Pictori is a non-profit project that aims to improve access to images relating to Korea. We seek feedback on the project and any further information you may have about images on this website. Email: firstname.lastname@example.org
Korea-related media are often hidden in libraries and private collection all over the world. Students and academics, as well as the general public often have to browse the web endlessly to find a portrait photo of an important figure, or even an image of a known building. Not only is it sometimes hard to find a particular image, but its use in an academic publication is not always authorised or unnecessarily costly. The Pictori Korean media library intends to add many new resources from collections around the world. Pictori is an initiative of the Australian National University's Korea Institute, but photographs hosted on Pictori remain the property of the users themselves. If you are the owner of images you would be happy to see included, please contact the site's administrator, Roald Maliangkay. Photographs, digital scans of both transparent slides and flat items such as posters, postcards and maps are all very welcome. Although Pictori is unable to guarantee the full protection of Copyright, it will do what it can to fully protect all images marked for full protection, and it will monitor the quality and appropriateness of the images and comments shared. If you believe an image on Pictori uploaded belongs to you, or if you are unhappy about a particular comment, please contact us immediately so we can remove it. We sincerely welcome any feedback you may have.
What kind of images?
Old and recent images are welcome, including rare maps, especially those you believe are important or useful, historically or culturally. A photograph of a book, a tourist site or an empty beach is, of course, only interesting if that book or beach represents something special, so please provide as many details about such pictures as possible. A picture of a book shop in the 1930s, on the other hand, will always be interesting, even if no more information about the picture can be given. When using images from Pictori in publications, please abide by the restrictions specified by the owner. We hope you will upload only images that you hold Copyright over, or have tried — albeit unsuccessfully — to obtain permission to upload for from the Copyright holder. If you notice a picture that you hold Copyright over is not credited as such, you should inform the uploader immediately. Even if you hold Copyright, we ask you not to upload images of people who can be recognized and are shown in a particular setting or pose they may find embarrassing. All uploads will be pending approval by the administrator of the site. Click here for information on the official Australian position on Copyright. NB: in the unlikely event that two very similar photographs of the same item are uploaded, the administrator reserves the right to delete the lesser of them.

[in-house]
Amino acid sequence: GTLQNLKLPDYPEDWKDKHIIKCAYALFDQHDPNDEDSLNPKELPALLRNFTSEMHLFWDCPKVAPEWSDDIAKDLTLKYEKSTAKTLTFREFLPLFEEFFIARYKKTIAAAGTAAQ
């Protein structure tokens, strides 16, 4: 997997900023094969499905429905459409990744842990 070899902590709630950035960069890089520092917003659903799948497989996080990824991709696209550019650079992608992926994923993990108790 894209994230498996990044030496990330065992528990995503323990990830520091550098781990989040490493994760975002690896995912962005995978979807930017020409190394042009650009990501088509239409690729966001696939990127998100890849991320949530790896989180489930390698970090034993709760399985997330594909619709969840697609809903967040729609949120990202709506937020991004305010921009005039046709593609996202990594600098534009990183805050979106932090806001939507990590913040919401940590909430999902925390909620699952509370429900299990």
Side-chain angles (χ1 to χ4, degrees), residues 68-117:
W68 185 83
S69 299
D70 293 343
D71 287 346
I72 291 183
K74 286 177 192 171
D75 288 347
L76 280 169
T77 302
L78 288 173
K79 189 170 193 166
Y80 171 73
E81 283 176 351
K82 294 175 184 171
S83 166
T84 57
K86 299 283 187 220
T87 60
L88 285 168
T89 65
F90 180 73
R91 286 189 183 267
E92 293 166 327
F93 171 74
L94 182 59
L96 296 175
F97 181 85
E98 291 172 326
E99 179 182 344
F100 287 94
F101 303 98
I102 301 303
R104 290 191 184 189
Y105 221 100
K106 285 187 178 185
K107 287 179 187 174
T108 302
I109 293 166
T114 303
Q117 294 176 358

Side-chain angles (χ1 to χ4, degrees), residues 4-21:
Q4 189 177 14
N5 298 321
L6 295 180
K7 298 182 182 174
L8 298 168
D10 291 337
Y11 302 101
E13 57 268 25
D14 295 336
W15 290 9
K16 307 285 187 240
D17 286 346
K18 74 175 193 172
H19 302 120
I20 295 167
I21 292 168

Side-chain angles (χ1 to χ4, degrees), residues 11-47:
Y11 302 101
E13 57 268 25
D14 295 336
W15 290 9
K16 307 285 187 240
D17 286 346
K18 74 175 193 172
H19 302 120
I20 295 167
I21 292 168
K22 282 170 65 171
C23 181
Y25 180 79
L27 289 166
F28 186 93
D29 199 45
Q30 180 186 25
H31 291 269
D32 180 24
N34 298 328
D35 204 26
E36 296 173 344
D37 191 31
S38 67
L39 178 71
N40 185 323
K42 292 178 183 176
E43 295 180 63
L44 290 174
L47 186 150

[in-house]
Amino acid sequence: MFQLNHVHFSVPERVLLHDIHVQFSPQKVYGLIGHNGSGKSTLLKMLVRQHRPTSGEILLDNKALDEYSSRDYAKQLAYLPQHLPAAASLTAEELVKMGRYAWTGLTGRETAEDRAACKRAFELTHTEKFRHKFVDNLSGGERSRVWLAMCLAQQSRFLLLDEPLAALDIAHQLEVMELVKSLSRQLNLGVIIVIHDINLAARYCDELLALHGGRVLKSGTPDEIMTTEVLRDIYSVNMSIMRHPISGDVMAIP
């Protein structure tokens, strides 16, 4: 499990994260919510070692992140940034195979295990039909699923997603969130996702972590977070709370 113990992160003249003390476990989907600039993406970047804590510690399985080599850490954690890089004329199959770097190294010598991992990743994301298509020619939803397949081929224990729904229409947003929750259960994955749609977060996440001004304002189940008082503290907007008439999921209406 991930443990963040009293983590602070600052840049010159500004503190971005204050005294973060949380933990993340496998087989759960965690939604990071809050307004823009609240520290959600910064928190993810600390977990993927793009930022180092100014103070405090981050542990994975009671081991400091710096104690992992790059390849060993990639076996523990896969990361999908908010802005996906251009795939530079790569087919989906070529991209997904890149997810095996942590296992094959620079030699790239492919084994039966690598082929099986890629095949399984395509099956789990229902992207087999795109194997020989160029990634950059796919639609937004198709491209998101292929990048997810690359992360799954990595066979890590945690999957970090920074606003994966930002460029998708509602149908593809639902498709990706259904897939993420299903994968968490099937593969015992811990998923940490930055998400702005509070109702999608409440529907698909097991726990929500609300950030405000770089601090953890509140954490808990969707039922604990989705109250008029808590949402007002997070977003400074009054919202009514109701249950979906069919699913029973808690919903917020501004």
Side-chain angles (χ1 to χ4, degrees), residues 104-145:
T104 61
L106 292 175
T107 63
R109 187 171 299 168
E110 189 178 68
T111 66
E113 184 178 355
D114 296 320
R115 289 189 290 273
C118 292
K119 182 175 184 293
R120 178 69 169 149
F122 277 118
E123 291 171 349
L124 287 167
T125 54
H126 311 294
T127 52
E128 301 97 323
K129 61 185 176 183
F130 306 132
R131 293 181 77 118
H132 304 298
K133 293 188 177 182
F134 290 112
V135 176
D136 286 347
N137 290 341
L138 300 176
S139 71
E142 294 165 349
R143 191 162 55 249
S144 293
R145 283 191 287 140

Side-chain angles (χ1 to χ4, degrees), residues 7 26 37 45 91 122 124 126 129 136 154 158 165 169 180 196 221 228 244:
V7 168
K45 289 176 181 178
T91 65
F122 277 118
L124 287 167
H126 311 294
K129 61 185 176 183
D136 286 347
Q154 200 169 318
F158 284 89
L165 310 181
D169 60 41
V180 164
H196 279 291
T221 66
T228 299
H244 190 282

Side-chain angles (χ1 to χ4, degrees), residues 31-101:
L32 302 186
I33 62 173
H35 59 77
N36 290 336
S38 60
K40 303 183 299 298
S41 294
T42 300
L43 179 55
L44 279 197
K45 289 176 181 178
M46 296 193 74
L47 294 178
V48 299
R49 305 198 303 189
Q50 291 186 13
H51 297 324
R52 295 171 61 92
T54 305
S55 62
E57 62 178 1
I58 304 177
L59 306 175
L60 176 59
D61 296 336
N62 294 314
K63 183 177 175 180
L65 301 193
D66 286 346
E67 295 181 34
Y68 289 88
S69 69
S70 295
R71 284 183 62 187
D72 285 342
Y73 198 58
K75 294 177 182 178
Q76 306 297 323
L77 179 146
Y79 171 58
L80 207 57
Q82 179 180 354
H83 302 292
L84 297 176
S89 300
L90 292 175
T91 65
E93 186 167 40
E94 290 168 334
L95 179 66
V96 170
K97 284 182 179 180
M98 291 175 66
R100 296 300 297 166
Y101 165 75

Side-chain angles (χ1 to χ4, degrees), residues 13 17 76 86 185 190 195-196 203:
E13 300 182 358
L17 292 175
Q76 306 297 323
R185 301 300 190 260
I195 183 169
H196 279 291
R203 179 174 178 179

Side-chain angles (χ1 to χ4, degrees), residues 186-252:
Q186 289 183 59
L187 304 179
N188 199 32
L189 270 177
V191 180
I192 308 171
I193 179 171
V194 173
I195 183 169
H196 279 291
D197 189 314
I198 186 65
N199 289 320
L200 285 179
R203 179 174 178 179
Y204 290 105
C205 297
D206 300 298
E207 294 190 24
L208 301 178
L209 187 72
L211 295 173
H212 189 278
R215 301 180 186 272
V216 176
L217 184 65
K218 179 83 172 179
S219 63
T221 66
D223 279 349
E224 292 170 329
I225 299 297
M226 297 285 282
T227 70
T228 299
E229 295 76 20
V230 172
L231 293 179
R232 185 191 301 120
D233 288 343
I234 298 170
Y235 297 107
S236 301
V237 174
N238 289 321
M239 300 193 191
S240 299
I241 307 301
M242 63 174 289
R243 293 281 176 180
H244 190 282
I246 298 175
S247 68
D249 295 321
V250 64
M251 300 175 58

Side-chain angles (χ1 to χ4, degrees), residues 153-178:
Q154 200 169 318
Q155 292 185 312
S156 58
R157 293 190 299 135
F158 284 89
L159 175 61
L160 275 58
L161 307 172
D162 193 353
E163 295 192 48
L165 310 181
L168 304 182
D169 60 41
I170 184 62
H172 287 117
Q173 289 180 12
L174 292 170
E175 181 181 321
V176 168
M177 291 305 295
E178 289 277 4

Copyright and using images in publications
Copyright is a grey area, despite its wide international acknowledgement. If you wish to use an image uploaded on Pictori in a publication, please first contact the administrator. There may be a small charge in exchange for a large, clean (without watermark) scan of the image shown on this site: the administrator will contact the owner of the image on your behalf. If the creator is known, please cite his/her name, and if so required, the name of the person to whose collection the image belongs. Pictori cannot be held responsible for legal issues arising over Copyright issues, but it urges users to be meticulous in accrediting the creator or owner of an image in publications. When using images of which the creator is unknown, you may benefit from the expiry of Copyright, depending on where you intend to publish. Copyright is said to have expired in the following cases:
Pictori was designed and developed by Katie Hayne. Taihao Zhang provided crucial support with programming. The Korea Institute is extremely grateful to both of them. The site is administered by Roald Maliangkay, the primary coordinator of the project. It is funded by a generous grant from the Academy of Korean Studies, under the supervision of Prof. Hyaeweol Choi, Director of the Australian National University's Korea Institute.